About 30 percent of Indiana children — including kindergartners — are left unsupervised in the afternoon, according to the Afterschool Alliance.
But with the help of a recent grant from the state Department of Education, educators in Bartholomew Consolidated School Corp. are hoping to change that percentage locally and offer enrichment at the same time.
After-school programs at three Columbus schools will receive an extra $165,000 annually, which will free up more money to offer local scholarships.
The 21st Century Community Learning Center Program Grant will go toward operating costs for the after-school programs at W.D. Richards Elementary School, Central Middle School and Northside Middle School.
BCSC is one of 53 organizations to receive a grant, which ranged in value from $50,000 to $300,000 for a statewide total of $11.1 million.
Indiana law requires school corporations to operate an after-school program or form a partnership with a local nonprofit to provide such care.
For many decades, BCSC offered the after-school care through a partnership with Children Inc.
In addition, the district offered homework help and enrichment through an after-school program called Beacon.
The partnership with Children Inc. was scrapped in 2012 and the programs were consolidated into i-CARE, a combination of care and education, for grades K-6. The program still exists as Beacon at Central and Northside middle schools.
The $165,000 grant is the third of its kind for BCSC since 2008.
Beacon programs at Clifty Creek, Columbus Signature Academy Fodrea Campus, Columbus Signature Academy Lincoln Campus, Smith, Schmitt, Mt. Healthy, Taylorsville and Southside received about $450,000 a year through 2013.
Some of that grant money was renewed last year when the district was given $300,000 annually for four years toward the i-CARE programs which qualified as 21st Century Community Learning Centers Programs.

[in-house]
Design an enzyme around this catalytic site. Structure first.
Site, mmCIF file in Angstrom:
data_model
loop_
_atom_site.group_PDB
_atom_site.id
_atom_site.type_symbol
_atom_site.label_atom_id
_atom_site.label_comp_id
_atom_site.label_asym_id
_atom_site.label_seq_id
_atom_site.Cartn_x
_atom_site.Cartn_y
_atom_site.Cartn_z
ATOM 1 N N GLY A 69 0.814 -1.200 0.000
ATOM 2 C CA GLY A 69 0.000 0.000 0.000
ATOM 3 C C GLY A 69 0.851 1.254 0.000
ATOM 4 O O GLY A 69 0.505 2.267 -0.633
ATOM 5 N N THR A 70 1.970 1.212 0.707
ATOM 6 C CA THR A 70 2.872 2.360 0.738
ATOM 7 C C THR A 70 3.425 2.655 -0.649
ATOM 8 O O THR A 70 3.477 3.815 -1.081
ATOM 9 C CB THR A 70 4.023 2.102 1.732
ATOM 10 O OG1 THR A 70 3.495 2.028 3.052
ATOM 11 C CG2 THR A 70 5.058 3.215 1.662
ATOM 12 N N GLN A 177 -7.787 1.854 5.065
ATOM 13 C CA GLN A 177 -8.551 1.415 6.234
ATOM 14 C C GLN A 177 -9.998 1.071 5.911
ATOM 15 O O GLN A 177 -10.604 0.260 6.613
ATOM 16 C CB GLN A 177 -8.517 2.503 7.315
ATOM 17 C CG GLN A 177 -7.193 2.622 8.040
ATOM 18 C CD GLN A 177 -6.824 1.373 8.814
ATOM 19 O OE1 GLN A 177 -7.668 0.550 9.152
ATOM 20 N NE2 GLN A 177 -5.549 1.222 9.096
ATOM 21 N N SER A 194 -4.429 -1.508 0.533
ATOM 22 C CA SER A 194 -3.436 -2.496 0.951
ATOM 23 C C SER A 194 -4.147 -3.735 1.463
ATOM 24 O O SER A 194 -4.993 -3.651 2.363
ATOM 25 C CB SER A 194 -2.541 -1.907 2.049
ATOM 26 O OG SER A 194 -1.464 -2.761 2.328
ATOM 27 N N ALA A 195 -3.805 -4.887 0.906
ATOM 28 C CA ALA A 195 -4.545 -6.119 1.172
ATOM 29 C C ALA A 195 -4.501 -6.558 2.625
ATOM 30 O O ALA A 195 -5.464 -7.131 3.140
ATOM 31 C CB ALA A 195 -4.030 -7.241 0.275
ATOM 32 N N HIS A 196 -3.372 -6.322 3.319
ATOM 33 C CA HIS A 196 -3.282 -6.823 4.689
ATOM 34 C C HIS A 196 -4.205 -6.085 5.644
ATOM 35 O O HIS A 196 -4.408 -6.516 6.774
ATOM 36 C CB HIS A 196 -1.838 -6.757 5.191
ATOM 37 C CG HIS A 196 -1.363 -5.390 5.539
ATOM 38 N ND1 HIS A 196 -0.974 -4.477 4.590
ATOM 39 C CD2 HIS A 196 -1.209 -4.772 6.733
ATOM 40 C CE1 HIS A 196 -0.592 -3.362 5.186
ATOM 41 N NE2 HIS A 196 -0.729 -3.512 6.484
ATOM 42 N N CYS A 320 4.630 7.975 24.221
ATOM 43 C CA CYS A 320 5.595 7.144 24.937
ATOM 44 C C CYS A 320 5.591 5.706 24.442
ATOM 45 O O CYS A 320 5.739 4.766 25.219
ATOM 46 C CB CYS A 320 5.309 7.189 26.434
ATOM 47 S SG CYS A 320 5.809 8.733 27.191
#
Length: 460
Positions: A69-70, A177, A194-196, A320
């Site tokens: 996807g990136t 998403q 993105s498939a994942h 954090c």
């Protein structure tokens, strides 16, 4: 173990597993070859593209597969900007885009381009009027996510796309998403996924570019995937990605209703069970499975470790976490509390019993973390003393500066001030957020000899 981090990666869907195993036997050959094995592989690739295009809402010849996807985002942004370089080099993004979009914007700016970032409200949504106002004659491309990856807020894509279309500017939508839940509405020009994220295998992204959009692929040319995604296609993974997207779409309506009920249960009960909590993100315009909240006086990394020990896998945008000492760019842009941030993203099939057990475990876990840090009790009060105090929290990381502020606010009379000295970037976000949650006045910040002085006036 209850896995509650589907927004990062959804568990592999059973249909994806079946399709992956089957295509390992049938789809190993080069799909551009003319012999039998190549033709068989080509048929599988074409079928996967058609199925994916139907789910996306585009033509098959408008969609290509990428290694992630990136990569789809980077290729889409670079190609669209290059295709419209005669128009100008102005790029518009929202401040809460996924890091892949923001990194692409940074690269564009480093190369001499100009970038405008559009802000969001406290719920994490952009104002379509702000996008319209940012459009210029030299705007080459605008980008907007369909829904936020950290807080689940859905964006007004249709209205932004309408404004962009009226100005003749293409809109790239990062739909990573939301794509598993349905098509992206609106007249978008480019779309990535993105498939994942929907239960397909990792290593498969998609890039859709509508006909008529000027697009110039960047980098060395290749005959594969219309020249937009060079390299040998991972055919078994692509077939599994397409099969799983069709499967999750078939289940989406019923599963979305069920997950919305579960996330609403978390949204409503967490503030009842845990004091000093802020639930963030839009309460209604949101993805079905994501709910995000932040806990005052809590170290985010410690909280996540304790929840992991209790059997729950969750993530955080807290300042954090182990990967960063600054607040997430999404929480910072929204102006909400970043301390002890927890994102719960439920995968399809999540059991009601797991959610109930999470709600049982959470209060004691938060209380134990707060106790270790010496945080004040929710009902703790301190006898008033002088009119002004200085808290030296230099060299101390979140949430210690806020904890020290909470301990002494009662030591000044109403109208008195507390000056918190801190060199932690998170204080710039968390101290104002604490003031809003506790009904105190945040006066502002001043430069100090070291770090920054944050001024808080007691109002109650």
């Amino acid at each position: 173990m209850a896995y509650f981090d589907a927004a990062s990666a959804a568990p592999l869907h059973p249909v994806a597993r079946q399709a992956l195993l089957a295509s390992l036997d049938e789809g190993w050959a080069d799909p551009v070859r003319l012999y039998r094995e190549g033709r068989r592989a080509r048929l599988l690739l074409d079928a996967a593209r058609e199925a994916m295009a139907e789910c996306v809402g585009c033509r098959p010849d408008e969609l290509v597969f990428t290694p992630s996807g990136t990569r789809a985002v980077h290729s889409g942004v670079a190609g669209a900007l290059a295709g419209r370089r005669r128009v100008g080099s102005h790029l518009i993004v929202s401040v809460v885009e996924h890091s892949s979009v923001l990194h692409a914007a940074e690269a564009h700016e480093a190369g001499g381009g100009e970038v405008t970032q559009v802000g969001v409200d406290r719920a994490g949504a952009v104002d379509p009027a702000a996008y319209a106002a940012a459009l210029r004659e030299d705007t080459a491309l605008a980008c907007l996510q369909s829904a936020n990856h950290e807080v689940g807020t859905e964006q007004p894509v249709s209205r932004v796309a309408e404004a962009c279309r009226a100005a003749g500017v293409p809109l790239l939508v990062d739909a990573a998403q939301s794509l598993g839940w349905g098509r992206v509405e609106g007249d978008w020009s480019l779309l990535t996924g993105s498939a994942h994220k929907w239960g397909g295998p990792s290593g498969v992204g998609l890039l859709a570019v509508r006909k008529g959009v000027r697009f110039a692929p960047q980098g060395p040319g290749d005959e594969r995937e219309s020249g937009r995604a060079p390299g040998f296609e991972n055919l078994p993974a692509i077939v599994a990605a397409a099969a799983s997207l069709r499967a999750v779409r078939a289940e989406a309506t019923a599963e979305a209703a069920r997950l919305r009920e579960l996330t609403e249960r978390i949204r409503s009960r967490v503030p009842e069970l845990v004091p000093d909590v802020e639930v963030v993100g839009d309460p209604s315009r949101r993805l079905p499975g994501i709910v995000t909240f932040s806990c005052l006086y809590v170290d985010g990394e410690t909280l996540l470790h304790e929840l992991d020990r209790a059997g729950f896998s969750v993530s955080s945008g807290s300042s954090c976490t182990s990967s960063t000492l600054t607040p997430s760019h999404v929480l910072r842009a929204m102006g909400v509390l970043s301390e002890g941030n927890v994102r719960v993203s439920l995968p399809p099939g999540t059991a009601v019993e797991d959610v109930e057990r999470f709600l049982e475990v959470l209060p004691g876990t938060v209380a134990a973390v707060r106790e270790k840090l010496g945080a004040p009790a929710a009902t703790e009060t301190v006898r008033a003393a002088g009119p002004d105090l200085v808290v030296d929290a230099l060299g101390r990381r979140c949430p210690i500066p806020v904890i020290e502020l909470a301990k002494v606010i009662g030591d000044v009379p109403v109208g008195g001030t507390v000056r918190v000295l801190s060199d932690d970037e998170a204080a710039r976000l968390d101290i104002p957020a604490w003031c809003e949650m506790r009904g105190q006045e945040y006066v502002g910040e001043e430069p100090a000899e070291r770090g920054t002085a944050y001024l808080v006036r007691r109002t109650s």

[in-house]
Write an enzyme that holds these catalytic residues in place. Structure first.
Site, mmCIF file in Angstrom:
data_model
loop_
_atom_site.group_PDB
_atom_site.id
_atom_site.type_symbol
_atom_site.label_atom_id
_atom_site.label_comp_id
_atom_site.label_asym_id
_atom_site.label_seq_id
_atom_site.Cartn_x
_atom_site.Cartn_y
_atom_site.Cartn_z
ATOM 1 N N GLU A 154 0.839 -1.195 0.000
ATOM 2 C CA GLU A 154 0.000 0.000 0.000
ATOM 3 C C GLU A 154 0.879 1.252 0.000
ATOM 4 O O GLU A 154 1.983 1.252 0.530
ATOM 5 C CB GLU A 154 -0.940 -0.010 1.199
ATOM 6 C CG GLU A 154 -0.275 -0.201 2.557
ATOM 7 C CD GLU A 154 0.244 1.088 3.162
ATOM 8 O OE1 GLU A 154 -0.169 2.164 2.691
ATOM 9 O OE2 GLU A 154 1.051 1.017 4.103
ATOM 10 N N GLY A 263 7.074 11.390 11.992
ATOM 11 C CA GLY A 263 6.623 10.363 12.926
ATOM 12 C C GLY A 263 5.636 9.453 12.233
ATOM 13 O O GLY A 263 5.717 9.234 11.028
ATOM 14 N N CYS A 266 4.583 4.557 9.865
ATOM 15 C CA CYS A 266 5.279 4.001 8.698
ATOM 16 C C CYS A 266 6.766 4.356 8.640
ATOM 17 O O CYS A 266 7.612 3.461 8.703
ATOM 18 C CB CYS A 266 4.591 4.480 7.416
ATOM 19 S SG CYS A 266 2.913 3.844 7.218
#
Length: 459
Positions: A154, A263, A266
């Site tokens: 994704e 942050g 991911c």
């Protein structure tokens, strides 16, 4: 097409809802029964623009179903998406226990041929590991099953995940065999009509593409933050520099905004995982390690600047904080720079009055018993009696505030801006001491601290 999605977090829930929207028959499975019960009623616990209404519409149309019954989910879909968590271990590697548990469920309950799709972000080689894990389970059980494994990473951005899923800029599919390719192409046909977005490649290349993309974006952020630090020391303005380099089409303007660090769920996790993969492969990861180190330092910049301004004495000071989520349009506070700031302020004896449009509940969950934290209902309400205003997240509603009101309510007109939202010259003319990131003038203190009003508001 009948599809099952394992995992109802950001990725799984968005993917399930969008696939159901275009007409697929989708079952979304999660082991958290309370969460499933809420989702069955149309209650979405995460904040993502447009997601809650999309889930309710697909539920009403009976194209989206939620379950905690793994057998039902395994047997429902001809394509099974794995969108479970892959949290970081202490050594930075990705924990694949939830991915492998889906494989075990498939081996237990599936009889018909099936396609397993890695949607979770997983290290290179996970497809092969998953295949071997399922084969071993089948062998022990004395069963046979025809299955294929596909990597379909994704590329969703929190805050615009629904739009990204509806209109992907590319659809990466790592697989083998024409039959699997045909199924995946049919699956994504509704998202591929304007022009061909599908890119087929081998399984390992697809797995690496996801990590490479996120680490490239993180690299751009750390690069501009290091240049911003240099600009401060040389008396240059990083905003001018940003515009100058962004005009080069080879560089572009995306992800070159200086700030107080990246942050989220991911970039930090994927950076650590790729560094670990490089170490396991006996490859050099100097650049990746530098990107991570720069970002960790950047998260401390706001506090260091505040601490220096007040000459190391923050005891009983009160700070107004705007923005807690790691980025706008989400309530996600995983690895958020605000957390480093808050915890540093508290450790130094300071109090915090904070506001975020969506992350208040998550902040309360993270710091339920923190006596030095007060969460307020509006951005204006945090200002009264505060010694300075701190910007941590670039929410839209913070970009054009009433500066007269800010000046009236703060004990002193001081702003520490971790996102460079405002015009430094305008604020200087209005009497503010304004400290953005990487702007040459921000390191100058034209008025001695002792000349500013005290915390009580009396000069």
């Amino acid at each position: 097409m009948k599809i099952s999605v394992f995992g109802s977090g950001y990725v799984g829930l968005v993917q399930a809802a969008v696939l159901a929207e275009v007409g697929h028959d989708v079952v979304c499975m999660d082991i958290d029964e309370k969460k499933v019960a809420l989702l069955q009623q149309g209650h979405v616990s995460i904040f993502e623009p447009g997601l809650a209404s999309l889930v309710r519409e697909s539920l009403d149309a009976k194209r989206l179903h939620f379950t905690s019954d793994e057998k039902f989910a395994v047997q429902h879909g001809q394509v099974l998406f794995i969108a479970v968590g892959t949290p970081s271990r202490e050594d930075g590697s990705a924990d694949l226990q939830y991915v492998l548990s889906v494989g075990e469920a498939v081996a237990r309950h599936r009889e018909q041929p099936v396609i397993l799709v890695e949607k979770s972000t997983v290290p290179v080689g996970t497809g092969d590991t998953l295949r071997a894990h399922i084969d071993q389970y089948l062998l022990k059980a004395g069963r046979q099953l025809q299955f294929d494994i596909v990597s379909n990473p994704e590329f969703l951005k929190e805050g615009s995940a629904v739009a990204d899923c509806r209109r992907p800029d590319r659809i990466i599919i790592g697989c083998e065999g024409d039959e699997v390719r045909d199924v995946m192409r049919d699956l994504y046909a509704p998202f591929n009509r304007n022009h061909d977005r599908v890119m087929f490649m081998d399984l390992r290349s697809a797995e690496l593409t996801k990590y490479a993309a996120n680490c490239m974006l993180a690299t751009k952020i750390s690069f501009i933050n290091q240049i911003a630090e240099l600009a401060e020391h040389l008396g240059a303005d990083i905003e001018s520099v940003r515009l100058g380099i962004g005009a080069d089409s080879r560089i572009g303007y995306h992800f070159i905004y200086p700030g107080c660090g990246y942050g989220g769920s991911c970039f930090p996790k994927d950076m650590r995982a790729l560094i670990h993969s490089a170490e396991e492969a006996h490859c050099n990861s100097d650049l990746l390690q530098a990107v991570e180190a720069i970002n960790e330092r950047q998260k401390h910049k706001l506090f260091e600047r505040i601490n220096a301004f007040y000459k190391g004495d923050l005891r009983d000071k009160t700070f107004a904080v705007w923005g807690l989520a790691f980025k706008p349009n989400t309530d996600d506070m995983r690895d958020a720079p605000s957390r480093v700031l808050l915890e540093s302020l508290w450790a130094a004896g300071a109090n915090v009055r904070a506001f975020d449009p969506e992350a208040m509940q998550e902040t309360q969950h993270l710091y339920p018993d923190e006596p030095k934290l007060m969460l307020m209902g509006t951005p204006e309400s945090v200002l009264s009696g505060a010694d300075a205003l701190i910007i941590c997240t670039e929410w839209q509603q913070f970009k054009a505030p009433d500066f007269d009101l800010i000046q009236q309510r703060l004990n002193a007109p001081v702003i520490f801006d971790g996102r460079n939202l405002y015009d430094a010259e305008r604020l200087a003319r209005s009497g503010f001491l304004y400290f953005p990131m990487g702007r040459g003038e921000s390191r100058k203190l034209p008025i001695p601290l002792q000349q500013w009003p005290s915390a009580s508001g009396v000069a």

That covers all the elementary schools except Parkside, Rockcreek and Southside, which have less than 40 percent of students who qualify for free or reduced lunches.
The program’s goal is to provide at-risk students a safe environment and academic enrichment during non-school hours.
i-CARE Director Kate Garrity said some families do not take advantage of the after-school program because they think their children are old enough to go home alone.
“Unfortunately, there are so many kids that go home to empty houses,” she said. “Parents might not understand the benefits of extra learning.”
Bryce Harris is one parent who refuses to let his daughter, Alaina, go home to an empty house.
“But I know how to work the TV,” Alaina, a second-grader, told her dad.
That’s not a good enough reason, her father replied.
“That’s the least of her worries if she’s home alone,” he said. “It’s not that I don’t trust her; I don’t trust others.”
Although Alaina’s primarily enrolled because of the care aspect, Bryce has noticed some academic benefits.
“She has her homework done,” he said. “They make sure they get it done, so that means more family time.”
At i-CARE sites, that extra learning includes homework help and tutoring as well as music, sports and cultural activities. Garrity said the enrichment focuses on science, technology, engineering and math.
Students created pendulum painters in a recent activity, where they hung a water bottle from a tripod structure and let the paint fall onto a canvas.
The benefits of such enrichment activities are clear, Garrity said.
She said out of about 800 students enrolled last year, 193 increased their grade in math by three percentage points and 201 scored higher in language arts.
Angie Sherfick’s son, Joshua, attends the after-school program at Richards Elementary for math enrichment through the Minds on Math initiative.
Before he started attending the program, he was answering 50 percent or less of multiplication problems correctly during timed tests.
“I got a 99 today,” the fourth-grader said Thursday, beaming.
Sherfick said the program has really boosted his confidence. It’s also helpful
that i-CARE is staffed by certified educators, she said.
Sometimes cost is a barrier to after-school care, Director of Elementary Education Teresa Heiny said.
Full-price for after-school care is currently $50 per week, with discounts being offered to families qualifying for free or reduced lunch. Before-school care is also offered at an additional cost.
Parents might not feel comfortable leaving their children at home alone — until it’s a matter of doing just that or missing a mortgage payment.
But the recent grants make it possible for the district to offer scholarships to all families who qualify for free or reduced lunch. The middle school programs are offered free of charge for all students, regardless of family income.
If the funding from the 21st Century Community Learning Center program were halted completely, i-CARE would likely return to a fee-based child care program.
“This helps us bridge that gap,” Heiny said.